Scientists used gene therapy to improve vision in six people with a rare inherited disorder called Leber's congenital amaurosis, USA Today reported. The condition causes a gradual deterioration of eyesight beginning at birth, leading to blindness by a person's mid-20s.
While none of the six patients regained normal vision, four have much better eyesight than before the gene therapy, according to two studies published online in the New England Journal of Medicine. The studies were conducted by an international team led by doctors at the Children's Hospital of Philadelphia and the University of Pennsylvania.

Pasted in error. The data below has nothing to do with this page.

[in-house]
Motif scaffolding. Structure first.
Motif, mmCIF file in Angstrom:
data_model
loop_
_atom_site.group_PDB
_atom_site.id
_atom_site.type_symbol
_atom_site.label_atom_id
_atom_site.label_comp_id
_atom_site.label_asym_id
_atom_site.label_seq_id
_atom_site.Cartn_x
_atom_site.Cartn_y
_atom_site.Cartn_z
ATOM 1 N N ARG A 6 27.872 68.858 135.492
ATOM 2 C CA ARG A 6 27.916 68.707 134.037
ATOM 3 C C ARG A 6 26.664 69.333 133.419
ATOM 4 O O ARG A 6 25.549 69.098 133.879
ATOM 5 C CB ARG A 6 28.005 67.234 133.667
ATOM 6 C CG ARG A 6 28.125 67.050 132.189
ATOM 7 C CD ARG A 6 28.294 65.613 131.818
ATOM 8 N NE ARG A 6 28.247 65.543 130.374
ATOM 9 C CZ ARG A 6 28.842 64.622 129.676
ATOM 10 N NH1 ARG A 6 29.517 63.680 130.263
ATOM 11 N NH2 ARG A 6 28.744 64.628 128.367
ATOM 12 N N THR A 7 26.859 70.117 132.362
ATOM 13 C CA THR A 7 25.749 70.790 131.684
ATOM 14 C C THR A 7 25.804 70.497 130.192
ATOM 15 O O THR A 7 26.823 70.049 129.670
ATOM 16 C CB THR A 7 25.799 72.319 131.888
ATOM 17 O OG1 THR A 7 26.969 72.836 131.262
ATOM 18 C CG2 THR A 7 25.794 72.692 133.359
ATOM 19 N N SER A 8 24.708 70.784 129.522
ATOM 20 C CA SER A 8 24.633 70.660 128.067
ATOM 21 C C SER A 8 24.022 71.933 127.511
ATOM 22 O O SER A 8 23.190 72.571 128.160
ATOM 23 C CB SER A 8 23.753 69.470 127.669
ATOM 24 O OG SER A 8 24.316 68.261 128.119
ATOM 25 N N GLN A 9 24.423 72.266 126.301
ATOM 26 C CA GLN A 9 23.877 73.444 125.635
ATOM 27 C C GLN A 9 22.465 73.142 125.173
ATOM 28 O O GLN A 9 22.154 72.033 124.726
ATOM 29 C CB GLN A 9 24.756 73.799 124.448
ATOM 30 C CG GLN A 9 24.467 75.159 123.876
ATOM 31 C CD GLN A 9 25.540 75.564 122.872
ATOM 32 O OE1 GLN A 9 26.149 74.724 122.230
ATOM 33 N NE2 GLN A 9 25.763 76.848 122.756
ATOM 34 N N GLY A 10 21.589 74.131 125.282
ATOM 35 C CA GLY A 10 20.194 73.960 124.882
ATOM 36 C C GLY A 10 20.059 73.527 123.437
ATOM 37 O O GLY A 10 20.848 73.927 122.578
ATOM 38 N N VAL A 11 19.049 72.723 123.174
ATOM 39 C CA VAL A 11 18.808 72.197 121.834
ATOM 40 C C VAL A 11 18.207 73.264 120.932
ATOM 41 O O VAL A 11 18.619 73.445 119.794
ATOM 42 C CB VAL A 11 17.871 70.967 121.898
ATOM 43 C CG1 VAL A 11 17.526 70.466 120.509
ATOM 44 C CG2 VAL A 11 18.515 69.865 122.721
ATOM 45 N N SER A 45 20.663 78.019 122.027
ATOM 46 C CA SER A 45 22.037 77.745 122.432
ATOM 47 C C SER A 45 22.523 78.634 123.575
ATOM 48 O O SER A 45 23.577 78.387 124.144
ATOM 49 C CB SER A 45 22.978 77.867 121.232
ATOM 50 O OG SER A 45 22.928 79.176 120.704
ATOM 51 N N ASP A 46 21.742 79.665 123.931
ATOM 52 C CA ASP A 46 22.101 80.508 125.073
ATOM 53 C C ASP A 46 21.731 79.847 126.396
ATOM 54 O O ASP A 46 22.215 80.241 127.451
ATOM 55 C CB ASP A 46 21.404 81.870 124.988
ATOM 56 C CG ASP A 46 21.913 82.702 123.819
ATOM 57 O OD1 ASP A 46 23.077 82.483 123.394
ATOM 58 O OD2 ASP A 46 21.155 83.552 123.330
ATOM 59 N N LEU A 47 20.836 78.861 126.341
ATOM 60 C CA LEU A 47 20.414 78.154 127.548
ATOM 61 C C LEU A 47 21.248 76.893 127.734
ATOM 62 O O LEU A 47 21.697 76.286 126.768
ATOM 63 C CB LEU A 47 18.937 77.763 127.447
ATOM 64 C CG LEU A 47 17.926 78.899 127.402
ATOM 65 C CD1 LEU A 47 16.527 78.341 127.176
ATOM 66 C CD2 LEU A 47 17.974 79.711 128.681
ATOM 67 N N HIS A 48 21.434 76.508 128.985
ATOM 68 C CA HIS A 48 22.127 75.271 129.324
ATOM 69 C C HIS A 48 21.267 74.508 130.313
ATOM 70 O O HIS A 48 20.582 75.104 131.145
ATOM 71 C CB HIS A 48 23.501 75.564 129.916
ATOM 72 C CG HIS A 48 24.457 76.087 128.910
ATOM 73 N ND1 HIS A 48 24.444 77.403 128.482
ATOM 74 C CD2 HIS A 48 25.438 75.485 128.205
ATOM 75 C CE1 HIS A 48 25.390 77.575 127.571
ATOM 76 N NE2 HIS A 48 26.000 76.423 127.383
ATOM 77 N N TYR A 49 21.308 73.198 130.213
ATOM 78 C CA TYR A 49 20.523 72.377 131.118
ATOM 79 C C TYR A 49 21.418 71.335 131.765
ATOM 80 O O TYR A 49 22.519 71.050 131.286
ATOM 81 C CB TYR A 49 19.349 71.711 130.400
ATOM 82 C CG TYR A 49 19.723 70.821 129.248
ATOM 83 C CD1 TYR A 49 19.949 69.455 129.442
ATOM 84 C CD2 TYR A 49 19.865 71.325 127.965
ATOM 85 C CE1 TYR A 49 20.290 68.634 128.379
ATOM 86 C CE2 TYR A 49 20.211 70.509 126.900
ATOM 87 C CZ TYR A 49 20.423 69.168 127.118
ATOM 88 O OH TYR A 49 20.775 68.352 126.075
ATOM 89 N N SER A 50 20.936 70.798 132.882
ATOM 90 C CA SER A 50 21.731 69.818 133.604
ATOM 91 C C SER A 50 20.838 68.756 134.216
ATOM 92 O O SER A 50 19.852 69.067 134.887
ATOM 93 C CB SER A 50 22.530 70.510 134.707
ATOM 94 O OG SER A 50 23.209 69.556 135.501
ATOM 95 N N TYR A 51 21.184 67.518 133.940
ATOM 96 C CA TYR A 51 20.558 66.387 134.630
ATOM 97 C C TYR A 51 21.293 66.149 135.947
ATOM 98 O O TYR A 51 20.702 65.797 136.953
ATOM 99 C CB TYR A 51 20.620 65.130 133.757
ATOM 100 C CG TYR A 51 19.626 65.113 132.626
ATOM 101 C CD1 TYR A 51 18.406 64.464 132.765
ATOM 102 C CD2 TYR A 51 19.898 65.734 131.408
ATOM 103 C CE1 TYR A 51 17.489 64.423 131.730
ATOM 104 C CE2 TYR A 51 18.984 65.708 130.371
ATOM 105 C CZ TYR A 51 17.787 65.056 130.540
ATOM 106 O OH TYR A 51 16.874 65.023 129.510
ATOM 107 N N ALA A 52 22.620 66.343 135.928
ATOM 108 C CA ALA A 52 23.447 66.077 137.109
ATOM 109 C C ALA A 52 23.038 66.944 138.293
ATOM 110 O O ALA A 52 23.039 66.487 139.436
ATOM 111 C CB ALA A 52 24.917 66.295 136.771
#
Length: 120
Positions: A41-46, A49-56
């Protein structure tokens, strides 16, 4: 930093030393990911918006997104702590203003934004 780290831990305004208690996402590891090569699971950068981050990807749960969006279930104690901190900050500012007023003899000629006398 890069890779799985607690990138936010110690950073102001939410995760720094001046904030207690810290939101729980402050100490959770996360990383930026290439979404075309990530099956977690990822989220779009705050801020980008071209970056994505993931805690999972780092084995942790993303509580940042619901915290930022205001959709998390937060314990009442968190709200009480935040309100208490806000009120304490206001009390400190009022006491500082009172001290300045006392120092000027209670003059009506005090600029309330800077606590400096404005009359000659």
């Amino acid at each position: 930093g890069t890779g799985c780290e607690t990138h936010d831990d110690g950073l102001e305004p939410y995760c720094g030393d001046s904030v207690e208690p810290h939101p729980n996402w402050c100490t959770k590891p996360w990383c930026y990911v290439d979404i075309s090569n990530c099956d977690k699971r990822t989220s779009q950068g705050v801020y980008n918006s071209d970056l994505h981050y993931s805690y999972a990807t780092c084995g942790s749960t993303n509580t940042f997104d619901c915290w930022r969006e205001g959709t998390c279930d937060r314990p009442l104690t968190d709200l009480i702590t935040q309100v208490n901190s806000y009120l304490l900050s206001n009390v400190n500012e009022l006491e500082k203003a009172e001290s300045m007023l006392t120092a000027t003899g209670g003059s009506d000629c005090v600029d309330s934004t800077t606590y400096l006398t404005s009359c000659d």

Experts hailed the achievement as a welcome success in gene therapy, which has shown promise but has had significant setbacks.
"It's a breakthrough. It really helps to validate that gene therapy can work and is going to be important," Ronald Crystal, chairman of the department of genetic medicine at New York's Weill Medical College of Cornell University, told USA Today.